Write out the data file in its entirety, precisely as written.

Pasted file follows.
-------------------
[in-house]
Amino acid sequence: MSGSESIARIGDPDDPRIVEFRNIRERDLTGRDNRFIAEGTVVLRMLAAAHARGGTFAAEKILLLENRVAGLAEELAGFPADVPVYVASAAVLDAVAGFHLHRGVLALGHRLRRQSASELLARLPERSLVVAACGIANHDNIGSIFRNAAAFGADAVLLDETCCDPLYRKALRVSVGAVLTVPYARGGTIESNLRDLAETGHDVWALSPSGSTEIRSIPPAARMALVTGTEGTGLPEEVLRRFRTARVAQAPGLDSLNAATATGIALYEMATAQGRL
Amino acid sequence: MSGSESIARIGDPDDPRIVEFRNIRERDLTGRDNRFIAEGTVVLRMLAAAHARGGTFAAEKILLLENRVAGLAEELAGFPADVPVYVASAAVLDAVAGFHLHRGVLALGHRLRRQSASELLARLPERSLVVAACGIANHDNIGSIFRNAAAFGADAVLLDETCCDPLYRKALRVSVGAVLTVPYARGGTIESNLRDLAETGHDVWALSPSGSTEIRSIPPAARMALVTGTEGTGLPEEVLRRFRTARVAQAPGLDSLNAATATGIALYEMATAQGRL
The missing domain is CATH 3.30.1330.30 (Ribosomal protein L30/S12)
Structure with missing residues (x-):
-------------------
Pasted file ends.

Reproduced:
[in-house]
Amino acid sequence: MSGSESIARIGDPDDPRIVEFRNIRERDLTGRDNRFIAEGTVVLRMLAAAHARGGTFAAEKILLLENRVAGLAEELAGFPADVPVYVASAAVLDAVAGFHLHRGVLALGHRLRRQSASELLARLPERSLVVAACGIANHDNIGSIFRNAAAFGADAVLLDETCCDPLYRKALRVSVGAVLTVPYARGGTIESNLRDLAETGHDVWALSPSGSTEIRSIPPAARMALVTGTEGTGLPEEVLRRFRTARVAQAPGLDSLNAATATGIALYEMATAQGRL
Amino acid sequence: MSGSESIARIGDPDDPRIVEFRNIRERDLTGRDNRFIAEGTVVLRMLAAAHARGGTFAAEKILLLENRVAGLAEELAGFPADVPVYVASAAVLDAVAGFHLHRGVLALGHRLRRQSASELLARLPERSLVVAACGIANHDNIGSIFRNAAAFGADAVLLDETCCDPLYRKALRVSVGAVLTVPYARGGTIESNLRDLAETGHDVWALSPSGSTEIRSIPPAARMALVTGTEGTGLPEEVLRRFRTARVAQAPGLDSLNAATATGIALYEMATAQGRL
The missing domain is CATH 3.30.1330.30 (Ribosomal protein L30/S12)
Structure with missing residues (x-):